Weather: Cold, Intermittently Cloudy

I was 19, and running behind schedule. Nineteen is such a faceless age, there’s nothing you’re supposed to do when you’re that age that you aren’t already doing. So I watched High Fidelity, a terrific movie that contains a scene that might be familiar to you dedicated readers:

And I enjoyed it so much that I decided to buy some of the music from the movie, so I listened to this song after trading a Kooks CD.

At SF State, we all share the same wireless internet, so if we were to make our iTunes libraries public, everyone could listen to them. I was one of many who did (and it would pay off later), but I spent a lot of time listening to the library of a girl named Kellen Sarver. I noticed she had some Kooks material I didn’t, and as I’d recently become able to listen to them again, I contacted her. We traded, I forgot exactly what I gave her, but she was satisfied. The stuff she gave me was disappointing.

Next: Love in the Nineties was paranoid. Love in the Noughties wasn’t all there.

Elliott Smith – “A Fond Farewell”

When: 27 March 2007
Where: Portable room 701, Bosco
Who: Several classmates
Weather: Well, let’s just tell the story…

“Is it Argentines or Argentinians?” Marc Meehan turned to ask me. Everybody called him Father Marc, and while he intended to come back to Bosco to teach, he was emphatic that he wouldn’t become a priest. Too bad, I thought, you’ll have to pay your own rent. Most priests had affairs off-campus anyway.

“It could be either,” I replied, “but if it were up to me, I’d say Argentine.” I always preferred shorter demonyms.

Bosco was on a block schedule, so all of our classes lasted an hour and a half. It gave us enough time to actually learn things, but just as often gave us ridiculous amounts of free time if we had a test. We had such a test in Mr. Rod’s algebra 4 class that fateful March day. It was raining as I listened to This American Life. The story of the journal of David Ben Gurion. Fearing for my lost memories, I began to play with the idea of not only keeping a journal, but giving myself the discipline to write reliably in it as he did.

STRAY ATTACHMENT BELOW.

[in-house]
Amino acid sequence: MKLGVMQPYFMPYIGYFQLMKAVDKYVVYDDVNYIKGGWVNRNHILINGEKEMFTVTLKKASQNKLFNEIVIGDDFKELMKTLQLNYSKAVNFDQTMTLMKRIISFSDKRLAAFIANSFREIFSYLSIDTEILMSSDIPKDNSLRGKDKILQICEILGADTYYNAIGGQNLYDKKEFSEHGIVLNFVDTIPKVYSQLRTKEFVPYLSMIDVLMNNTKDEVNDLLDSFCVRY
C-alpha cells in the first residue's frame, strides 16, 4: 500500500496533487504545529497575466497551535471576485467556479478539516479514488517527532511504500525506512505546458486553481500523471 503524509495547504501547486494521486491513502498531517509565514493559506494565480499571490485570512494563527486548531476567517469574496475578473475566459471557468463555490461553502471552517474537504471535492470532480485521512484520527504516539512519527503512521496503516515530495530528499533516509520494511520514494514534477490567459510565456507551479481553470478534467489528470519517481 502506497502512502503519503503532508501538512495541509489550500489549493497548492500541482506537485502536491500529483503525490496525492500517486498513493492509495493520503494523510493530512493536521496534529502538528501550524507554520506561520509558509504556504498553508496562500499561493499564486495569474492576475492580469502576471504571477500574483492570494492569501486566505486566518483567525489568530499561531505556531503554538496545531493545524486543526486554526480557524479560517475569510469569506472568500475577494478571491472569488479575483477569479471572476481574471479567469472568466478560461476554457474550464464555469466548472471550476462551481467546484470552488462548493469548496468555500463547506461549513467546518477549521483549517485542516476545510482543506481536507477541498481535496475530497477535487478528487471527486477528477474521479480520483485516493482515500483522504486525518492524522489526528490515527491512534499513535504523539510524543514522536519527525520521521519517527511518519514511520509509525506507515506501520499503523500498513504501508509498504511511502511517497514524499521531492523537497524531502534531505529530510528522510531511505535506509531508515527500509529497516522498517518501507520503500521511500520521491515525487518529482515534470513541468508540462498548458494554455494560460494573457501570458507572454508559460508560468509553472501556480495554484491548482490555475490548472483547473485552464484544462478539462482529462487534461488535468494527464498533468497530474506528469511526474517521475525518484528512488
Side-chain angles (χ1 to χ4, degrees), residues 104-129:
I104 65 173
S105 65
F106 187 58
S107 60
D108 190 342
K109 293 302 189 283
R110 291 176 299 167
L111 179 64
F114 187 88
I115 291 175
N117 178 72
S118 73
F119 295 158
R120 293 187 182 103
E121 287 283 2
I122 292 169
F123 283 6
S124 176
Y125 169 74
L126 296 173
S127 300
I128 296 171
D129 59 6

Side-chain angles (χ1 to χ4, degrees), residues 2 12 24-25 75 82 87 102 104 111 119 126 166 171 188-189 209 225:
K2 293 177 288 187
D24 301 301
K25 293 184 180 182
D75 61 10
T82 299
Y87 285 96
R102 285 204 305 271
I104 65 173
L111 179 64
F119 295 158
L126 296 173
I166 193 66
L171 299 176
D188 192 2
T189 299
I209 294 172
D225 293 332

Rod’s cell phone rang. There was no landline. “Okay,” he said, “we’re having a lockdown.” I was used to lockdowns from my middle school days as we were located next to the Motel 6 where Hunter Thompson wrote Fear and Loathing in Las Vegas. But somehow lockdowns seemed more serious in high school. It’s a shooting, I thought, some psychotic freshman. And we began to formulate a plan to defend ourselves. But Bosco didn’t have a gunman. The reality was so thoroughly beyond our experience that we couldn’t imagine it until we saw it happen.

We looked out the window. The parking lot was gone, only a dark grey void. The raindrops on the glass became longer. Before long, single drops were stretching across the entirety of the plane. The heavy metal doors rattled, and a whole limb of the tree outside our portable slammed against us. Mr. Rod had us close the windows. I continued to listen to This American Life, and eventually they played this song.

Finally, some students came to tell us we could go to the next class. When we got out, there was a straight line of devastation across the campus. Bits of trees, cracks in buildings. I had been in the eye of a fucking tornado.

Contrary to popular belief, California has more tornadoes per year than any other state, but they are generally not very strong, seldom in populated places, and never on the top of a hill. And yet there we were. I went home, dove into my old middle school stuff, and pulled out the blank journal from the Renaissance Fair four years earlier, and started writing.

And I was going to need it, because the tornado was just the beginning.

Next: The drifting meaning of “loud.”